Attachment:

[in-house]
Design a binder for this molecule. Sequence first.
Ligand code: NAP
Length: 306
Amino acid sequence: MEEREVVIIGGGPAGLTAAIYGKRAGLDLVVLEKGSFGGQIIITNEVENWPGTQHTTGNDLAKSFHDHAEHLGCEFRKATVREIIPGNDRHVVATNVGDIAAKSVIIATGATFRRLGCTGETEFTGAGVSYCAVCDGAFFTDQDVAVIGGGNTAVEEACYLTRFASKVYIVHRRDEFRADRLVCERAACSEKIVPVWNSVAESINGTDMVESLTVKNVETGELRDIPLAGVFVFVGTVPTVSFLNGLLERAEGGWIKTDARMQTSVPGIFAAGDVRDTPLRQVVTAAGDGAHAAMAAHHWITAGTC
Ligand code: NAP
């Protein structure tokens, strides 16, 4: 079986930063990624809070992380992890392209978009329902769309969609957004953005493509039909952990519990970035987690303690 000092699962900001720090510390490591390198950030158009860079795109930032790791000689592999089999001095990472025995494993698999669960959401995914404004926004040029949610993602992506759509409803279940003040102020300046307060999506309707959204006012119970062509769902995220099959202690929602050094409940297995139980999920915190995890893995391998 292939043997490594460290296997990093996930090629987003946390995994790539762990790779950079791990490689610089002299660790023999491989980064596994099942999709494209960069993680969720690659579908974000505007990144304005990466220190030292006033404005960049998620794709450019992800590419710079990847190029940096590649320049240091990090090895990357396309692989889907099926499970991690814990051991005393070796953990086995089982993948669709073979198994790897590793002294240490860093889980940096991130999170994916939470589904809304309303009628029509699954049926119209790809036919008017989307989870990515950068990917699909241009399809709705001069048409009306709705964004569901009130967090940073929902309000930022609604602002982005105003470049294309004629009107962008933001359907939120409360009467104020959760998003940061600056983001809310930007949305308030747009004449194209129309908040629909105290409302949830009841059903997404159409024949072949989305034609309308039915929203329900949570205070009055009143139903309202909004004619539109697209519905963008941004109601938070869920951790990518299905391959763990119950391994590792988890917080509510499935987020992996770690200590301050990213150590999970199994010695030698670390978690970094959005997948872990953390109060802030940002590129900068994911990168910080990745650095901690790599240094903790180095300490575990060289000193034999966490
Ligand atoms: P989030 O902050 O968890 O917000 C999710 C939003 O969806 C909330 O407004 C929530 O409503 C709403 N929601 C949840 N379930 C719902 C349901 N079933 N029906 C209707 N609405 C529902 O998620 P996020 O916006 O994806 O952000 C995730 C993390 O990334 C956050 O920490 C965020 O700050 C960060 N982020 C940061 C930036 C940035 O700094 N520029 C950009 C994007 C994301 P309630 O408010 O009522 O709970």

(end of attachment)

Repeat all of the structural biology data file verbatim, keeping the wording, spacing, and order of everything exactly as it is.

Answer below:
[in-house]
Design a binder for this molecule. Sequence first.
Ligand code: NAP
Length: 306
Amino acid sequence: MEEREVVIIGGGPAGLTAAIYGKRAGLDLVVLEKGSFGGQIIITNEVENWPGTQHTTGNDLAKSFHDHAEHLGCEFRKATVREIIPGNDRHVVATNVGDIAAKSVIIATGATFRRLGCTGETEFTGAGVSYCAVCDGAFFTDQDVAVIGGGNTAVEEACYLTRFASKVYIVHRRDEFRADRLVCERAACSEKIVPVWNSVAESINGTDMVESLTVKNVETGELRDIPLAGVFVFVGTVPTVSFLNGLLERAEGGWIKTDARMQTSVPGIFAAGDVRDTPLRQVVTAAGDGAHAAMAAHHWITAGTC
Ligand code: NAP
């Protein structure tokens, strides 16, 4: 079986930063990624809070992380992890392209978009329902769309969609957004953005493509039909952990519990970035987690303690 000092699962900001720090510390490591390198950030158009860079795109930032790791000689592999089999001095990472025995494993698999669960959401995914404004926004040029949610993602992506759509409803279940003040102020300046307060999506309707959204006012119970062509769902995220099959202690929602050094409940297995139980999920915190995890893995391998 292939043997490594460290296997990093996930090629987003946390995994790539762990790779950079791990490689610089002299660790023999491989980064596994099942999709494209960069993680969720690659579908974000505007990144304005990466220190030292006033404005960049998620794709450019992800590419710079990847190029940096590649320049240091990090090895990357396309692989889907099926499970991690814990051991005393070796953990086995089982993948669709073979198994790897590793002294240490860093889980940096991130999170994916939470589904809304309303009628029509699954049926119209790809036919008017989307989870990515950068990917699909241009399809709705001069048409009306709705964004569901009130967090940073929902309000930022609604602002982005105003470049294309004629009107962008933001359907939120409360009467104020959760998003940061600056983001809310930007949305308030747009004449194209129309908040629909105290409302949830009841059903997404159409024949072949989305034609309308039915929203329900949570205070009055009143139903309202909004004619539109697209519905963008941004109601938070869920951790990518299905391959763990119950391994590792988890917080509510499935987020992996770690200590301050990213150590999970199994010695030698670390978690970094959005997948872990953390109060802030940002590129900068994911990168910080990745650095901690790599240094903790180095300490575990060289000193034999966490
Ligand atoms: P989030 O902050 O968890 O917000 C999710 C939003 O969806 C909330 O407004 C929530 O409503 C709403 N929601 C949840 N379930 C719902 C349901 N079933 N029906 C209707 N609405 C529902 O998620 P996020 O916006 O994806 O952000 C995730 C993390 O990334 C956050 O920490 C965020 O700050 C960060 N982020 C940061 C930036 C940035 O700094 N520029 C950009 C994007 C994301 P309630 O408010 O009522 O709970």